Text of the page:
AMPA — A deadly pet cobra that bit its owner this week is part of a growing trend of venomous bites that has some emergency rescue workers squirming.
“It has been on the rise,” said Miami-Dade County (Fla.) Fire Rescue Venom Response Team Lt. Eddie Ballester. The team houses an antivenin bank that helps treat poisonous snakebite victims across the Southeast United States.
“More and more people are getting these permits,” he said, “and many are just so they can have these snakes as pets. Along with that, unfortunately we are seeing an increase in bites.”
Some are for those who milk their snakes and sell the venom to others who make and bottle antivenin, he said. Others breed and sell them.
“But,” he said. “We are finding that a majority are for pets.”
And many are for snakes that are not indigenous to Florida.
The most recent such bite occurred in Bushnell just after midnight Wednesday.
Jack Eugene Hildreth, 50, of 1620 N. West St., Bushnell, called 911 at 12:21 a.m., and told the dispatcher he had been bitten by his pet Indian cobra. He was conscious when paramedics arrived but lost consciousness soon thereafter, authorities said. He was taken to Leesburg Regional Medical Center and then flown to Orlando Regional Medical Center.
The Florida Fish and Wildlife Conservation Commission is investigating the incident, but so far investigators have been unable to interview Hildreth about the bite because of his condition.
Hildreth received a permit from the state commission to possess venomous reptiles. His permit expires Jan. 7.
Commission spokeswoman Joy Hill said Hildreth on Thursday did regain consciousness at the hospital, but it would be at least a few days before he could be interviewed by investigators.
“He’s not really in a position to talk to us right now,” she said early this afternoon.
Investigators will go by his home to inspect the cages, she said, but it doesn’t appear anything was out of order.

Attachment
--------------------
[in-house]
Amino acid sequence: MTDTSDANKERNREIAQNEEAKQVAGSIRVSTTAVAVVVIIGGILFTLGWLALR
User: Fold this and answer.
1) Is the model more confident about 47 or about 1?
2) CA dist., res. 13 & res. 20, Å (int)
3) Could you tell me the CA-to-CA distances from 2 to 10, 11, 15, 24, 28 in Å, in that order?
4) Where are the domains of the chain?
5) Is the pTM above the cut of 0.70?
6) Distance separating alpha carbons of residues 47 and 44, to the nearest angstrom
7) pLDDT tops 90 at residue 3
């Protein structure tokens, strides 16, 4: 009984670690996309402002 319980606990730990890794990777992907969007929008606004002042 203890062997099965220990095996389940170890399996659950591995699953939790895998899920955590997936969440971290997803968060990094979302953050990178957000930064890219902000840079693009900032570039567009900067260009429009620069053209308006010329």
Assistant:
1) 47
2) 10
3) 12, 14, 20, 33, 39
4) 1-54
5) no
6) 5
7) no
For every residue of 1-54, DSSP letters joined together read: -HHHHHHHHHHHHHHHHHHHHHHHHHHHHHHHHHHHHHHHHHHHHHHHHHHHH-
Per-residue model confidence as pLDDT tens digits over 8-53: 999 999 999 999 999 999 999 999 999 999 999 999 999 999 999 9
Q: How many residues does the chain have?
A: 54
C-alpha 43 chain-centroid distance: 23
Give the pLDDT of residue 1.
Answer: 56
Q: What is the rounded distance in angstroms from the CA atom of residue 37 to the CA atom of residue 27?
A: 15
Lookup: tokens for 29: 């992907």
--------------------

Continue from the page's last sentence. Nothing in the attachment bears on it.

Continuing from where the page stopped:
It was just one of those things, she said.
“If you have snakes,” she said, “you are going to get bit.”
It took 20 vials of Indian cobra antivenin to treat Hildreth, Ballester said, and that’s a lot.
The South Florida team flew 10 vials up early Wednesday morning and then doubled that amount Wednesday afternoon. Hildreth was in critical but stable condition at the Orlando hospital on Wednesday. His condition today was unavailable per his family’s request, a hospital spokesman said.
Ballester said Hildreth required more antivenin than usual.
“He needed more antivenin because it was such a venomous bite,” he said.
Twenty vials, he said, “is a significant amount.”
Antivenins are as varied as the venomous snakes out there, and a snakebite by a specific poisonous snake requires an antidote specific to that snake. The antivenin bank has antidotes for every kind of venomous snake alive, Ballester said.
So, knowing what kind of snake is involved is critical, he said.
“Often, we will inform the victim of a snakebite that, even if he or she destroys the snake, not to discard it,” Ballester said. “Take a picture of it. Anything so we may properly match it to an antivenin.”
Reporter Keith Morelli can be reached at (813) 259-7760 or firstname.lastname@example.org